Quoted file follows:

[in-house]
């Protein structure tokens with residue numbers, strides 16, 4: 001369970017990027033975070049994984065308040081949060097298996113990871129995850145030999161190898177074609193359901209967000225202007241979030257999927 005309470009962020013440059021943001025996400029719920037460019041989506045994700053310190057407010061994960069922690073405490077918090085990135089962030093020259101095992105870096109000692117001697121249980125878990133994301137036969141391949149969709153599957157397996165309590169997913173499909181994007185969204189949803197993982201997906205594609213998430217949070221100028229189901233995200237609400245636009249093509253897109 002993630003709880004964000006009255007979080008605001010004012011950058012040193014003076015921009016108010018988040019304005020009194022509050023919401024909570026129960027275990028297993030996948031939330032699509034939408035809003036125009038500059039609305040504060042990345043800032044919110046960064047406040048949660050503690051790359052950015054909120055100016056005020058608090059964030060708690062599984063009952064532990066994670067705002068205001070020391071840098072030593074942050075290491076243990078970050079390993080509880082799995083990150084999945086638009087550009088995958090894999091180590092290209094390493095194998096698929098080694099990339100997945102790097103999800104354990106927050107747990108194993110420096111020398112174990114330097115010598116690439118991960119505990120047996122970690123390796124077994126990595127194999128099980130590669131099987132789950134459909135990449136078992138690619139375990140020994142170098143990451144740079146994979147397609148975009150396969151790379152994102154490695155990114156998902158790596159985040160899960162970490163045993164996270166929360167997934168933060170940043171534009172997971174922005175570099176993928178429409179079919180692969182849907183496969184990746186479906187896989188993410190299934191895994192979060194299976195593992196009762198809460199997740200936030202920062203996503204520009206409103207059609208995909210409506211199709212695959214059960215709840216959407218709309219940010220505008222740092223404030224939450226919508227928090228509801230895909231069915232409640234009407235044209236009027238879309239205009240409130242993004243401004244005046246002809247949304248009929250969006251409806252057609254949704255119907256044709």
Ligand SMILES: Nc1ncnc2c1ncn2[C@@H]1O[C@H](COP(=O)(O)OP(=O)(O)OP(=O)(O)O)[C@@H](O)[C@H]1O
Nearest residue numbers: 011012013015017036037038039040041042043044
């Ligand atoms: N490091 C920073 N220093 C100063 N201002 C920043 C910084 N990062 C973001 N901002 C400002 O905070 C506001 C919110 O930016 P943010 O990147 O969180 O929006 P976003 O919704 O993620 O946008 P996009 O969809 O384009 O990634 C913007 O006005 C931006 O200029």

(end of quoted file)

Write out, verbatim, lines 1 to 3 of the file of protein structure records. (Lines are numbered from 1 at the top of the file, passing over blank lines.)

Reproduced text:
[in-house]
């Protein structure tokens with residue numbers, strides 16, 4: 001369970017990027033975070049994984065308040081949060097298996113990871129995850145030999161190898177074609193359901209967000225202007241979030257999927 005309470009962020013440059021943001025996400029719920037460019041989506045994700053310190057407010061994960069922690073405490077918090085990135089962030093020259101095992105870096109000692117001697121249980125878990133994301137036969141391949149969709153599957157397996165309590169997913173499909181994007185969204189949803197993982201997906205594609213998430217949070221100028229189901233995200237609400245636009249093509253897109 002993630003709880004964000006009255007979080008605001010004012011950058012040193014003076015921009016108010018988040019304005020009194022509050023919401024909570026129960027275990028297993030996948031939330032699509034939408035809003036125009038500059039609305040504060042990345043800032044919110046960064047406040048949660050503690051790359052950015054909120055100016056005020058608090059964030060708690062599984063009952064532990066994670067705002068205001070020391071840098072030593074942050075290491076243990078970050079390993080509880082799995083990150084999945086638009087550009088995958090894999091180590092290209094390493095194998096698929098080694099990339100997945102790097103999800104354990106927050107747990108194993110420096111020398112174990114330097115010598116690439118991960119505990120047996122970690123390796124077994126990595127194999128099980130590669131099987132789950134459909135990449136078992138690619139375990140020994142170098143990451144740079146994979147397609148975009150396969151790379152994102154490695155990114156998902158790596159985040160899960162970490163045993164996270166929360167997934168933060170940043171534009172997971174922005175570099176993928178429409179079919180692969182849907183496969184990746186479906187896989188993410190299934191895994192979060194299976195593992196009762198809460199997740200936030202920062203996503204520009206409103207059609208995909210409506211199709212695959214059960215709840216959407218709309219940010220505008222740092223404030224939450226919508227928090228509801230895909231069915232409640234009407235044209236009027238879309239205009240409130242993004243401004244005046246002809247949304248009929250969006251409806252057609254949704255119907256044709």
Ligand SMILES: Nc1ncnc2c1ncn2[C@@H]1O[C@H](COP(=O)(O)OP(=O)(O)OP(=O)(O)O)[C@@H](O)[C@H]1O